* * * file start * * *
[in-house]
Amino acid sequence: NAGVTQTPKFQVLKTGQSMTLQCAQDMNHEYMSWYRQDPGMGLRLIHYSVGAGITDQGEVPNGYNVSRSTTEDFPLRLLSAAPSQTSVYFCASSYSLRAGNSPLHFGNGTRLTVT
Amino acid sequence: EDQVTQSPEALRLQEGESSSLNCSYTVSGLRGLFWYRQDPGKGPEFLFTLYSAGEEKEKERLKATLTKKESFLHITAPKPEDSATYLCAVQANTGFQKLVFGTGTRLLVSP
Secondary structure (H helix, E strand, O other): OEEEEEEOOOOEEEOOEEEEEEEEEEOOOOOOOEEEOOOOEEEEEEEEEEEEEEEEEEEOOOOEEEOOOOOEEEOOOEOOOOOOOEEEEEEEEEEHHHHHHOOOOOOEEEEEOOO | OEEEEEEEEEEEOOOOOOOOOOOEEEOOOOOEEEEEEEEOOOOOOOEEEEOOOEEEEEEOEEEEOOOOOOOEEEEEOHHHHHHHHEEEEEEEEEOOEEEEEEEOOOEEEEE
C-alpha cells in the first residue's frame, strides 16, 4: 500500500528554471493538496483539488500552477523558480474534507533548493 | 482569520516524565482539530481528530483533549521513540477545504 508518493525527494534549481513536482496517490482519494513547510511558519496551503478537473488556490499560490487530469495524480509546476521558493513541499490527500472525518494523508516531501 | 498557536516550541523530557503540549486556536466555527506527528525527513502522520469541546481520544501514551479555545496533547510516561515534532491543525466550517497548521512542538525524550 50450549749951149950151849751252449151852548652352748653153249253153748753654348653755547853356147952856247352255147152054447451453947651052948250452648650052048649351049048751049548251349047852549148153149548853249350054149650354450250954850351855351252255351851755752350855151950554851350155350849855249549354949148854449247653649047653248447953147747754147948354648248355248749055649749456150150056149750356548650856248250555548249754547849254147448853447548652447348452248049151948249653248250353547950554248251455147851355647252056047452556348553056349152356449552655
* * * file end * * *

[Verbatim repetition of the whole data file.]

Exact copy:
[in-house]
Amino acid sequence: NAGVTQTPKFQVLKTGQSMTLQCAQDMNHEYMSWYRQDPGMGLRLIHYSVGAGITDQGEVPNGYNVSRSTTEDFPLRLLSAAPSQTSVYFCASSYSLRAGNSPLHFGNGTRLTVT
Amino acid sequence: EDQVTQSPEALRLQEGESSSLNCSYTVSGLRGLFWYRQDPGKGPEFLFTLYSAGEEKEKERLKATLTKKESFLHITAPKPEDSATYLCAVQANTGFQKLVFGTGTRLLVSP
Secondary structure (H helix, E strand, O other): OEEEEEEOOOOEEEOOEEEEEEEEEEOOOOOOOEEEOOOOEEEEEEEEEEEEEEEEEEEOOOOEEEOOOOOEEEOOOEOOOOOOOEEEEEEEEEEHHHHHHOOOOOOEEEEEOOO | OEEEEEEEEEEEOOOOOOOOOOOEEEOOOOOEEEEEEEEOOOOOOOEEEEOOOEEEEEEOEEEEOOOOOOOEEEEEOHHHHHHHHEEEEEEEEEOOEEEEEEEOOOEEEEE
C-alpha cells in the first residue's frame, strides 16, 4: 500500500528554471493538496483539488500552477523558480474534507533548493 | 482569520516524565482539530481528530483533549521513540477545504 508518493525527494534549481513536482496517490482519494513547510511558519496551503478537473488556490499560490487530469495524480509546476521558493513541499490527500472525518494523508516531501 | 498557536516550541523530557503540549486556536466555527506527528525527513502522520469541546481520544501514551479555545496533547510516561515534532491543525466550517497548521512542538525524550 50450549749951149950151849751252449151852548652352748653153249253153748753654348653755547853356147952856247352255147152054447451453947651052948250452648650052048649351049048751049548251349047852549148153149548853249350054149650354450250954850351855351252255351851755752350855151950554851350155350849855249549354949148854449247653649047653248447953147747754147948354648248355248749055649749456150150056149750356548650856248250555548249754547849254147448853447548652447348452248049151948249653248250353547950554248251455147851355647252056047452556348553056349152356449552655